The Timaru Landing and Shipping Service building at the foot of George St. was purchased by NZ Loan and Mercantile Co. in 1879 from McRae. In 1903 Dalgetys, another stock and station firm, acquired the George St. sections and built a facade with office space on the ground floor and mainly storage out the back for wool and merchandise. In 1984 the Timaru City Council acquired the property and the Historic Places Trust stepped in to save the buildings from demolition. The facade was removed exposing the bluestone building with the three bays which has been overhauled over the last decade and a sprinkler system installed. The back bay was upgraded and turned into the Loaded Hog, a very successful bar/micro brewery since November 1992. The remainder of the building was upgraded and houses the Timaru Visitor Information Centre and the "Alexandra." The renovations have been wonderful keeping the buildings intact - inside and out.
Outside the Loaded Hog, at the north end of the building is a courtyard with two flag-poles, built in the style of ships masts. Seated underneath these, on a trunk, is a bronze casting of Captain Henry Cain, life size and very very good. The man behind the sculpture, Christchurch's, Donald Paterson has been producing artwork on a commission basis since 1993. He has focused on recreating historic community figures. "I have developed a unique production process using industrial materials to produce lifelike and long-lasting representations," said Paterson. His sculptures have a realistic appearance and aim to attract attention by drawing the audience into the space to take part in the scene. "The works become a community asset as well as attracting visitors."
"The sculpture was created by former Pleasant Point artist Donald Paterson. He used a copper finish for the hands and face, and dressed the figure in real clothes, soaked in resin to give a lifelike look. "He was the first here in 1857, he occupied one of the three houses in the town. He had the original landing service at the end of Strathallan Street, and ultimately, ended up managing the George Street landing service, so he really had a hands-on contact with that building. Also appropriate in that Cains Terrace - named after the Captain - linked George Street with Strathallan Street, the site of his original landing service. " Timaru Herald 20 March 2000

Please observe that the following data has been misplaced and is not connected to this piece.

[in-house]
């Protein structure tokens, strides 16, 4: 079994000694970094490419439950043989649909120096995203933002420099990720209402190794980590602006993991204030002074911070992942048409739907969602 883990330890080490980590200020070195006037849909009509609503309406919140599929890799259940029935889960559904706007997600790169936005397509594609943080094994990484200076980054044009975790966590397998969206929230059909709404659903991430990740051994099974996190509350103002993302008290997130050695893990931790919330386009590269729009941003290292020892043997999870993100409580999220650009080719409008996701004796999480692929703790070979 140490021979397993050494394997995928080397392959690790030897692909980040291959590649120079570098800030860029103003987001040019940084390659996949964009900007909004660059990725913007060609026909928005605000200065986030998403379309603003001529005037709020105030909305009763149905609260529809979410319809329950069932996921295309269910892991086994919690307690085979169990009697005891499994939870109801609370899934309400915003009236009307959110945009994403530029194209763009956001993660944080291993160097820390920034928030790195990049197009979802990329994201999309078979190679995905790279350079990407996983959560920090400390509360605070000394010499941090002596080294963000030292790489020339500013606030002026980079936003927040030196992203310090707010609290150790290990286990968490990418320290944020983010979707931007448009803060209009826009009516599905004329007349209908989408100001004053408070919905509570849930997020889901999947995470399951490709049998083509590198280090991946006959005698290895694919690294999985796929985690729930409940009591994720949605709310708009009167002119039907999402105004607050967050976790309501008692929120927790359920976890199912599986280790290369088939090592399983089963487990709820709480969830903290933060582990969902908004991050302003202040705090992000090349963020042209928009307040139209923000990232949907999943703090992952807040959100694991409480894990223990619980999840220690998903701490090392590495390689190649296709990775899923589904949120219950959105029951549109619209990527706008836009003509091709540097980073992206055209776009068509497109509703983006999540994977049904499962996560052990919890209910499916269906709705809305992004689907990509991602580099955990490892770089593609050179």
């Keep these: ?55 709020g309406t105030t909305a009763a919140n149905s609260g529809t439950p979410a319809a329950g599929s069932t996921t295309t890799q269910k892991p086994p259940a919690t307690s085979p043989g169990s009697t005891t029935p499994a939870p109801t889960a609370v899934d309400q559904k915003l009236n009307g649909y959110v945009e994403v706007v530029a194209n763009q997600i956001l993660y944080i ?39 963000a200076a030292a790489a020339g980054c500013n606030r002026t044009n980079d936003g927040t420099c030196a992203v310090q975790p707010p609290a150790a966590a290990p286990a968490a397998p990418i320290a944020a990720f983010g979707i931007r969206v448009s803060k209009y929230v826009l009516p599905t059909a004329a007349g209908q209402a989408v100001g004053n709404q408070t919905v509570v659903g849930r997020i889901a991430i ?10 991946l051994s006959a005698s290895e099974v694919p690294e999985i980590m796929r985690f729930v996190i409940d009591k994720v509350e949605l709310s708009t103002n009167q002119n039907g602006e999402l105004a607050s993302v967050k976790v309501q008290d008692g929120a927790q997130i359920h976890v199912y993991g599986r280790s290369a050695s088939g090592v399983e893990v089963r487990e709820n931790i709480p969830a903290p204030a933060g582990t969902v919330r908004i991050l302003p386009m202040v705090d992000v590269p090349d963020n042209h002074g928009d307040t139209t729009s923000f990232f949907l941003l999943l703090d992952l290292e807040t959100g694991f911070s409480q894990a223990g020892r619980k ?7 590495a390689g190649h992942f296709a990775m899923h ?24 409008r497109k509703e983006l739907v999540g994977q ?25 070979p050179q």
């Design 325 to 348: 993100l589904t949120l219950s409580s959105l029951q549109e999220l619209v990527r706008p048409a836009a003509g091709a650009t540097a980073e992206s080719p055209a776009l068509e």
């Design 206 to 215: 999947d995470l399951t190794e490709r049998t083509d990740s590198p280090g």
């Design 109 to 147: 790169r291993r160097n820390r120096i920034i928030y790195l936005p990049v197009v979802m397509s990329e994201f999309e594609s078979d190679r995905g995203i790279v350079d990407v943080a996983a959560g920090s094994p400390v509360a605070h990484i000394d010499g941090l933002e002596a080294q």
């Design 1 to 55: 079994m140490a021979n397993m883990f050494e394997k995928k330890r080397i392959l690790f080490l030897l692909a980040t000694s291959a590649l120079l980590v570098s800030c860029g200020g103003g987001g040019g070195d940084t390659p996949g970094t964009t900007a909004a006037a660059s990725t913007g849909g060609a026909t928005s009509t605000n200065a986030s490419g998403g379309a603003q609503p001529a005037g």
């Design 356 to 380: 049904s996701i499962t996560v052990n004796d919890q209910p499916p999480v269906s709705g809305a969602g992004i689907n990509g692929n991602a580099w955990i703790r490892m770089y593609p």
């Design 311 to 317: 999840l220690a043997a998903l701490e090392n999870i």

"He is life size......rather weather-beaten." Photos taken November 2nd 2002. Courtesy of Han Freeke. Don Paterson made the copper and fibreglass statue in 1999. It gets a coat of paint about every two years.
From plaque.....All in caps
CAPTAIN HENRY CAIN
HENRY CAIN WAS BORN IN 1816 AND WENT TO
SEA AT THE AGE OF 13. AFTER 30 YEARS OF
SEAFARING HE SETTLED IN TIMARU IN MARCH
1857 AND OPENED A GENERAL STORE. THE TOWN
GREW AND BEFORE LONG HE WAS OPERATING
THE FIRST LANDING SERVICE AT THE FOOT OF
STRATHALLAN STREET. CAPTAIN CAIN BECAME A
PROMINENT BUSINESSMAN AND SIGNIFICANT PUBLIC
FIGURE SERVING AS MAYOR FROM 1870-1875.
HE DIED IN 1886 HAVING BEEN POISONED BY HIS
SON-IN-LAW. FOR MANY HENRY CAIN REPRESENTS
THE PIONEERING SPIRIT THAT MADE TIMARU
ENGRAVED BY ROBERT J. BUTLER AND SONS --TIMARU
Donald Paterson was born in Timaru in 1955, and developed an interest in art as a teenager. He has been producing sculpture on commission since 1993. His public sculptures by Paterson may be seen throughout Canterbury. e.g. at the Fendalton Public Library in Christchurch, the Akaroa Harbourside Park in Akaroa. He has made more than twenty statues throughout NZ including the Bushman on Waimate's main street which is made from marble-based filler, resin-coated clothing which are painted with military heavy-duty paint and has antique copper hands, head and hat was unveiled on Waimate' s main street on November 24. 2006. After the unveiling, Pro-Ject Waimate chairman Duncan Walker officially handed the artwork to the mayor of Waimate, John Coles. Project Waimate raised the $30,000.
The Landing Service Building had to be earthquake proofed in the 1980s -1990s and a few new blocks are the consequence of that work- it is very clear (when you know where to look) what blocks are more recently placed.